‹ Analysis & Projections

Short-Term Energy and SUmmer Fuels Outlook

Release Date: April 11, 2017  |  Next Release Date: May 9, 2017  |  Full Report    |   Text Only   |   All Tables   |   All Figures

Petroleum Products

Gasoline prices: The front-month futures price of reformulated blendstock for oxygenate blending (RBOB, the petroleum component of gasoline used in many parts of the country) rose by 5 cents per gallon (gal) since March 1, settling at $1.73/gal on April 6 (Figure 5). The RBOB-Brent crack spread (the difference between the price of RBOB and the price of Brent crude oil) rose by 9 cents/gal over the same period.

Figure 5: Brent crude oil vs U.S. and Chinese equity indices

Weekly gasoline inventories in the United States, the trading hub of Amsterdam-Rotterdam-Antwerp in Northwest Europe, and Singapore have been below last year's levels for seven consecutive weeks, the longest streak across all three regions since September 2011. The size of gasoline inventory withdrawals across these different regions suggests there could be strength in global gasoline consumption. Although EIA estimates that gasoline consumption in the United States was down year-over-year in the first quarter of 2017, EIA estimates that it increased by 0.1 million barrels per day (b/d) from February to March, similar to the five-year average growth in consumption from February to March.

The RBOB-Brent crack spread typically increases from February to March, as the more expensive April RBOB contract for delivery of summer grade gasoline begins trading in March. Although the RBOB-Brent crack spread increased from February to March this year, the increase was the lowest since 2011, increasing by only 17 cents/gal (Figure 6). Despite some evidence of gasoline market strength reflected in global inventory draws, the moderate crack spread increase could be related to market expectations for gasoline consumption during the summer after consumption declined year-over-year in the first quarter of 2017 for the first time since 2012. The lower crack spread increase this year could also be related to general price volatility that occurs with the transition from winter grade to summer grade gasoline, depending on the composition and management of inventories.

Figure 6: Crude oil implied volatility

Ultra-low sulfur diesel prices: The ultra-low sulfur diesel (ULSD) futures price decreased 1 cent/gal since March 1, settling at $1.61/gal on April 6. The ULSD-Brent crack spread increased 2 cents/gal, settling at 31 cents/gal (Figure 7).

U.S. distillate consumption plus exports reached an all-time high for the month of March. Continued strength in domestic and global distillate consumption is contributing to a decline in U.S. distillate inventories. According to EIA's latest Weekly Petroleum Status Report, stocks on a days-of-supply basis were 36 days as of March 31, the lowest level since November 2015. An increase in economic activity could be supporting the distillate market. The Richmond and Kansas City Federal Reserve regional manufacturing surveys in March reached their highest levels since April 2010 and March 2011, respectively. In Europe, the manufacturing Purchasing Managers' Index increased for the seventh consecutive month, with other regions also suggesting higher manufacturing growth. Continued expansion in manufacturing activity is expected to support increased distillate consumption.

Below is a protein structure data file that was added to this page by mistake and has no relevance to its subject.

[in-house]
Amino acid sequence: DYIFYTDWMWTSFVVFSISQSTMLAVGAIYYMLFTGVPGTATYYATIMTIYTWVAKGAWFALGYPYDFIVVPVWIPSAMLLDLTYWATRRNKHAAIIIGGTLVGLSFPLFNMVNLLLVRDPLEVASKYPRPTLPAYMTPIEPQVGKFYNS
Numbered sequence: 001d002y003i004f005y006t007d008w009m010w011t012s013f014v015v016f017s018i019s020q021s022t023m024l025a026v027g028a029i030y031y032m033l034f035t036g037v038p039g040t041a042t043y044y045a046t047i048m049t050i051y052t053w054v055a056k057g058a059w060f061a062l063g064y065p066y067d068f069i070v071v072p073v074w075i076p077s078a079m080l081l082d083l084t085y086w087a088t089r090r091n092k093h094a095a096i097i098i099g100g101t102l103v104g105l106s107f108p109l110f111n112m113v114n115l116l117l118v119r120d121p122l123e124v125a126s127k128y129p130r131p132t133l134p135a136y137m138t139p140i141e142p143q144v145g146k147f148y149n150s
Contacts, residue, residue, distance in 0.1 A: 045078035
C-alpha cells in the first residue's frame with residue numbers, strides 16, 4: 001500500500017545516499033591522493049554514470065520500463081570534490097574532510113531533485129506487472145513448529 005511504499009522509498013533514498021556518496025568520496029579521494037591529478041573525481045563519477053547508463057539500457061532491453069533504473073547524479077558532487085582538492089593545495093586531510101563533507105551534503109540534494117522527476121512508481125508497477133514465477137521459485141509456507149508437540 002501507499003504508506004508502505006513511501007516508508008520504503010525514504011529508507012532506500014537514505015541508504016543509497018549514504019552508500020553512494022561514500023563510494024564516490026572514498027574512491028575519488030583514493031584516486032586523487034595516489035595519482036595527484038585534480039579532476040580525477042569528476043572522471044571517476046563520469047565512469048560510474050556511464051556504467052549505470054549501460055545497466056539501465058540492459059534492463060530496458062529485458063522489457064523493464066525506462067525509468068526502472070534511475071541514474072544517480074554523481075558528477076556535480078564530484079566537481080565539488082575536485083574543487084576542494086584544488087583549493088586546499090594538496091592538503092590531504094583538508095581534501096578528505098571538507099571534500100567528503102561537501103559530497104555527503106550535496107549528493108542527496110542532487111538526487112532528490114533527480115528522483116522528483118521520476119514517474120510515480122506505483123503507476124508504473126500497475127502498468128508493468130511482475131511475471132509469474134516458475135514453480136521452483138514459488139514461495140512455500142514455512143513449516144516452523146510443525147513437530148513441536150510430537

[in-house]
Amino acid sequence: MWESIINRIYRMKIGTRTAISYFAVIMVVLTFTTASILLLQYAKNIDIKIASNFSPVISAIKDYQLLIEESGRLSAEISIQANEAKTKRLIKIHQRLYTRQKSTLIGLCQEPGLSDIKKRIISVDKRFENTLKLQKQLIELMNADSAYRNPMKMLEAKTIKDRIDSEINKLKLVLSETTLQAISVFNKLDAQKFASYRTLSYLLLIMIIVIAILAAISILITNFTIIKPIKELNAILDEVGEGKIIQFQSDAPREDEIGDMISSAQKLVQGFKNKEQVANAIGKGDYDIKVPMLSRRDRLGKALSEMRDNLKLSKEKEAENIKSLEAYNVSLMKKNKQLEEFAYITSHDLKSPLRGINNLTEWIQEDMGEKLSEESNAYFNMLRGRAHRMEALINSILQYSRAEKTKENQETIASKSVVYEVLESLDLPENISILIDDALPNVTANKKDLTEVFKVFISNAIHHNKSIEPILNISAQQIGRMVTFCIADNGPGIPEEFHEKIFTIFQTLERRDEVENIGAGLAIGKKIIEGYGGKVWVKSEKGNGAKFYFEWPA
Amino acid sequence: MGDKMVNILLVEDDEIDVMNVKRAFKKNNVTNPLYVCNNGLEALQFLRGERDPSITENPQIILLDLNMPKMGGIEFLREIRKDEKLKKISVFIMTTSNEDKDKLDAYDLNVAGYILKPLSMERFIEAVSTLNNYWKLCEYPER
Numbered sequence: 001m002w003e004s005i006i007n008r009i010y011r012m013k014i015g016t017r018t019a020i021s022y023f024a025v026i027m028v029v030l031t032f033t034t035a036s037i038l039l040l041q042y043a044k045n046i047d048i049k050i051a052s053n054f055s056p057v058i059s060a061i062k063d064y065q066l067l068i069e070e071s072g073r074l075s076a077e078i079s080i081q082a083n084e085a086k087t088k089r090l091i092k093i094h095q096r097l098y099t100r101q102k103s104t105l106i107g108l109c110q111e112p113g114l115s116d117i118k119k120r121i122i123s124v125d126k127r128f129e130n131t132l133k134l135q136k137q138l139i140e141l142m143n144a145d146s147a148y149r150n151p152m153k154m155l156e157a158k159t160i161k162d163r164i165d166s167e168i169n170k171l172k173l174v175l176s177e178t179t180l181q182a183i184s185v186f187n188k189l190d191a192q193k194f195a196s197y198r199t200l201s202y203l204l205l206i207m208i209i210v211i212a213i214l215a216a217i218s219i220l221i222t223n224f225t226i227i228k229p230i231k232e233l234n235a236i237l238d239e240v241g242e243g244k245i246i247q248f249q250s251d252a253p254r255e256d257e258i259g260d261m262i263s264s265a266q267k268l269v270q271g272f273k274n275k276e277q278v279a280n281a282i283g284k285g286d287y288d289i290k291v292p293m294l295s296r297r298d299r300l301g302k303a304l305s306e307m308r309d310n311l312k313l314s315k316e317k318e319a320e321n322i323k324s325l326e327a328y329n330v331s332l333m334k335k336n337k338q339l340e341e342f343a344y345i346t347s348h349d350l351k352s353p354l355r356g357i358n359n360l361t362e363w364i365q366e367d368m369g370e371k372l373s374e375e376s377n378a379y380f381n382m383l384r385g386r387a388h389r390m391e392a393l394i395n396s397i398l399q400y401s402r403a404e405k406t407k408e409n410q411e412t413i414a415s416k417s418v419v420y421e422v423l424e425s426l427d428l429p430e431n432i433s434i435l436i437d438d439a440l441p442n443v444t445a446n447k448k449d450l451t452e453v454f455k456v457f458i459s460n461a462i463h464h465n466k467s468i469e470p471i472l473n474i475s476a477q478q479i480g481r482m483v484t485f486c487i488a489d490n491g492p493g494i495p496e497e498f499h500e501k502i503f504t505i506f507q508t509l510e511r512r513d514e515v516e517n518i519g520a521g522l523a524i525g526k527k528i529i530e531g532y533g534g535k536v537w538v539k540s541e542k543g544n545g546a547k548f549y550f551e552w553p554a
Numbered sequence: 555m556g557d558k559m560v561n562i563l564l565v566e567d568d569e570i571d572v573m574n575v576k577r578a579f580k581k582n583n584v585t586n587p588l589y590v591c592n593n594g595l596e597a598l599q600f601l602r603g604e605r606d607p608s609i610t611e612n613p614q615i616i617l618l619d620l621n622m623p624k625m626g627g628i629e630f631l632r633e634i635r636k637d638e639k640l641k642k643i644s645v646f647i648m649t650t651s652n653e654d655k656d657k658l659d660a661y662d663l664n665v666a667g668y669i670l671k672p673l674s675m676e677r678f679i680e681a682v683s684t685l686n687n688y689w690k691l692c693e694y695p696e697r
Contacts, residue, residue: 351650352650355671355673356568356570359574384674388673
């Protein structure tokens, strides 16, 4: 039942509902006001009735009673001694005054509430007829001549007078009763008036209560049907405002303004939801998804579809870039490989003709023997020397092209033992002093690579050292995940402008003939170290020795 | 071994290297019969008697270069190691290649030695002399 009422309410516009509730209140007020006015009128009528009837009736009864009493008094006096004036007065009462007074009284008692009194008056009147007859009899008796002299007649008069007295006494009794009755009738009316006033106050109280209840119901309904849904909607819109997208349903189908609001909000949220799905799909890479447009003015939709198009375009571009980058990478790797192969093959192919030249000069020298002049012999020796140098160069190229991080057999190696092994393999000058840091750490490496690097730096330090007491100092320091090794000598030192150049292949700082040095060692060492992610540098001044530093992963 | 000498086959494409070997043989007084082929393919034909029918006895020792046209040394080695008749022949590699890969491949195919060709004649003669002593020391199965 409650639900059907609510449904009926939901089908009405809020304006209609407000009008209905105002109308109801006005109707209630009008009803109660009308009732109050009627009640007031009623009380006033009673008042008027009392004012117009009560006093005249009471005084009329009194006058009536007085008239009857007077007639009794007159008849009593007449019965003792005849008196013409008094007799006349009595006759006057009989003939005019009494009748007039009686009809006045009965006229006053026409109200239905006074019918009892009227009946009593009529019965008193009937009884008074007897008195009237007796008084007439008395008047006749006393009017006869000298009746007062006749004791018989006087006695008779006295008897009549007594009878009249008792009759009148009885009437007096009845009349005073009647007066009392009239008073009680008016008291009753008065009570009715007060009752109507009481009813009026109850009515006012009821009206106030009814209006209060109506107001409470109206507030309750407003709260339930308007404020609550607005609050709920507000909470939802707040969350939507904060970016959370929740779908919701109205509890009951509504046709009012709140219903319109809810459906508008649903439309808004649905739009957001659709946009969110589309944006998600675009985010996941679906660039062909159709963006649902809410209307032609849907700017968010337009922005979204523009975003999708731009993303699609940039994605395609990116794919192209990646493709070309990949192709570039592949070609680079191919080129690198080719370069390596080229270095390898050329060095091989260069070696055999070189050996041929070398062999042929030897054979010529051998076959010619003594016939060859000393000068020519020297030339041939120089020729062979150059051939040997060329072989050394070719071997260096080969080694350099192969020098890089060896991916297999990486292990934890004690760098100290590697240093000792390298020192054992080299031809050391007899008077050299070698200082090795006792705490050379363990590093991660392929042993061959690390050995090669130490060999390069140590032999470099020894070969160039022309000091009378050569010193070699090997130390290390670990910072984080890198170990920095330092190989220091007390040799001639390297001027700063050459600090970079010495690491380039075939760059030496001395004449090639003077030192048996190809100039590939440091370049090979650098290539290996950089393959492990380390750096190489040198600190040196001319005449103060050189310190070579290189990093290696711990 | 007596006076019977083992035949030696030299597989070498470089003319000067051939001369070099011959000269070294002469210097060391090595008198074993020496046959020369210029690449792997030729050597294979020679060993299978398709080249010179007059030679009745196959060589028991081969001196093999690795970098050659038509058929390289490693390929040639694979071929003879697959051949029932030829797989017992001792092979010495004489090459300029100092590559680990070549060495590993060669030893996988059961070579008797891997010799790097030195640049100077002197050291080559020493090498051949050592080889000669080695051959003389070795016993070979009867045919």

Figure 7: Probability of the December 2013 WTI contract expiring 
above price levels

U.S. Petroleum and Other Liquids
  2015 2016 2017 2018
Crude Oil prices (dollars per barrel)
WTI Spot Average 48.67 43.33 52.24 55.10
Brent Spot Average 52.32 43.74 54.23 57.10
Imported Average 46.34 38.69 48.55 51.59
Refiner Average Acquisition Cost 48.40 40.69 51.03 54.12
Retail prices including taxes (dollars per gallon)
Regular Gasoline 2.43 2.15 2.39 2.44
Diesel Fuel 2.71 2.31 2.69 2.85
Heating Oil 2.65 2.10 2.59 2.75
Production (million barrels per day)
Crude Oil 9.42 8.87 9.22 9.90
Natural Gas Plant Liquids 3.34 3.48 3.75 4.17
Fuel Ethanol 0.97 1.00 1.02 1.02
Biodiesel 0.082 0.101 0.103 0.111
Consumption (million barrels per day)
Motor Gasoline 9.18 9.33 9.30 9.34
Distillate Fuel Oil 4.00 3.88 3.95 4.07
Jet Fuel 1.55 1.61 1.62 1.62
Total Consumption 19.53 19.63 19.88 20.22
Primary Assumptions (percent change from previous year)
U.S. Real GDP Growth 2.6 1.6 2.3 2.5
Heating Degree Days -10.2 -5.2 1.4 7.8
Distillate-weighted Industrial Production 1.0 0.8 2.7 2.7

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